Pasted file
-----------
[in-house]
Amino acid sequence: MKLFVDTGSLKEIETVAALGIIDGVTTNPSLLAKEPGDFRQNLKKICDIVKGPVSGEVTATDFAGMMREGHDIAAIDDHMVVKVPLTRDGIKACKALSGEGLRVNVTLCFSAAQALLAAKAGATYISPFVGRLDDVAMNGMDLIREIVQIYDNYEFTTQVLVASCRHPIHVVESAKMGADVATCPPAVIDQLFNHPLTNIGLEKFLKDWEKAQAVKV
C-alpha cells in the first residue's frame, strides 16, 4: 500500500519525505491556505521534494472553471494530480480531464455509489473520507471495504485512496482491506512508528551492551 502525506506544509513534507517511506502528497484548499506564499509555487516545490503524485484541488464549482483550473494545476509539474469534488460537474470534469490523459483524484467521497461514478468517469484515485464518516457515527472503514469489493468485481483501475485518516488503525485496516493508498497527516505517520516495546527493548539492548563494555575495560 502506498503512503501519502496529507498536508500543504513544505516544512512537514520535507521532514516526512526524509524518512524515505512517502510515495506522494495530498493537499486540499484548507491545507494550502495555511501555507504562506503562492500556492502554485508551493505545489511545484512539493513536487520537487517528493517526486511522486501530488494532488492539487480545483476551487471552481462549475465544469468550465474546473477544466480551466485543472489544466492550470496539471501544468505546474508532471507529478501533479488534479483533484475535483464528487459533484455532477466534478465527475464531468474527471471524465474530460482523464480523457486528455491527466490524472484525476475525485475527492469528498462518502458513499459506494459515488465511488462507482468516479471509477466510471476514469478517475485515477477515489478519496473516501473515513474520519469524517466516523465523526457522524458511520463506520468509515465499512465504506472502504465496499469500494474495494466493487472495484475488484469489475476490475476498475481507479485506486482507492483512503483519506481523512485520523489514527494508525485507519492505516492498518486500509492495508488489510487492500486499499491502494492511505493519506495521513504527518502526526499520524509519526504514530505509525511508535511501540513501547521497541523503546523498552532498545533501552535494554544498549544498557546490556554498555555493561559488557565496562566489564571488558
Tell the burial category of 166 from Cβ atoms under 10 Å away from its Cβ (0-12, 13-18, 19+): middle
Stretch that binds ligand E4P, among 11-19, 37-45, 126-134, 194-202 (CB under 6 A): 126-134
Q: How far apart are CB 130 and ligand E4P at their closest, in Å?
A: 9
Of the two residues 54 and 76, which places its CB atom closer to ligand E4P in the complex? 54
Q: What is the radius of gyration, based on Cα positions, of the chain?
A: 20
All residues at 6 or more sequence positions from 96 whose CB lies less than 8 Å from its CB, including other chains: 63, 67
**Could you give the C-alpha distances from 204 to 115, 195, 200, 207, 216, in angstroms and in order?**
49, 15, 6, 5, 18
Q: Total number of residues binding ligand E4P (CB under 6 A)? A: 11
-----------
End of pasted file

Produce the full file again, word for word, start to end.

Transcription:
[in-house]
Amino acid sequence: MKLFVDTGSLKEIETVAALGIIDGVTTNPSLLAKEPGDFRQNLKKICDIVKGPVSGEVTATDFAGMMREGHDIAAIDDHMVVKVPLTRDGIKACKALSGEGLRVNVTLCFSAAQALLAAKAGATYISPFVGRLDDVAMNGMDLIREIVQIYDNYEFTTQVLVASCRHPIHVVESAKMGADVATCPPAVIDQLFNHPLTNIGLEKFLKDWEKAQAVKV
C-alpha cells in the first residue's frame, strides 16, 4: 500500500519525505491556505521534494472553471494530480480531464455509489473520507471495504485512496482491506512508528551492551 502525506506544509513534507517511506502528497484548499506564499509555487516545490503524485484541488464549482483550473494545476509539474469534488460537474470534469490523459483524484467521497461514478468517469484515485464518516457515527472503514469489493468485481483501475485518516488503525485496516493508498497527516505517520516495546527493548539492548563494555575495560 502506498503512503501519502496529507498536508500543504513544505516544512512537514520535507521532514516526512526524509524518512524515505512517502510515495506522494495530498493537499486540499484548507491545507494550502495555511501555507504562506503562492500556492502554485508551493505545489511545484512539493513536487520537487517528493517526486511522486501530488494532488492539487480545483476551487471552481462549475465544469468550465474546473477544466480551466485543472489544466492550470496539471501544468505546474508532471507529478501533479488534479483533484475535483464528487459533484455532477466534478465527475464531468474527471471524465474530460482523464480523457486528455491527466490524472484525476475525485475527492469528498462518502458513499459506494459515488465511488462507482468516479471509477466510471476514469478517475485515477477515489478519496473516501473515513474520519469524517466516523465523526457522524458511520463506520468509515465499512465504506472502504465496499469500494474495494466493487472495484475488484469489475476490475476498475481507479485506486482507492483512503483519506481523512485520523489514527494508525485507519492505516492498518486500509492495508488489510487492500486499499491502494492511505493519506495521513504527518502526526499520524509519526504514530505509525511508535511501540513501547521497541523503546523498552532498545533501552535494554544498549544498557546490556554498555555493561559488557565496562566489564571488558
Tell the burial category of 166 from Cβ atoms under 10 Å away from its Cβ (0-12, 13-18, 19+): middle
Stretch that binds ligand E4P, among 11-19, 37-45, 126-134, 194-202 (CB under 6 A): 126-134
Q: How far apart are CB 130 and ligand E4P at their closest, in Å?
A: 9
Of the two residues 54 and 76, which places its CB atom closer to ligand E4P in the complex? 54
Q: What is the radius of gyration, based on Cα positions, of the chain?
A: 20
All residues at 6 or more sequence positions from 96 whose CB lies less than 8 Å from its CB, including other chains: 63, 67
**Could you give the C-alpha distances from 204 to 115, 195, 200, 207, 216, in angstroms and in order?**
49, 15, 6, 5, 18
Q: Total number of residues binding ligand E4P (CB under 6 A)? A: 11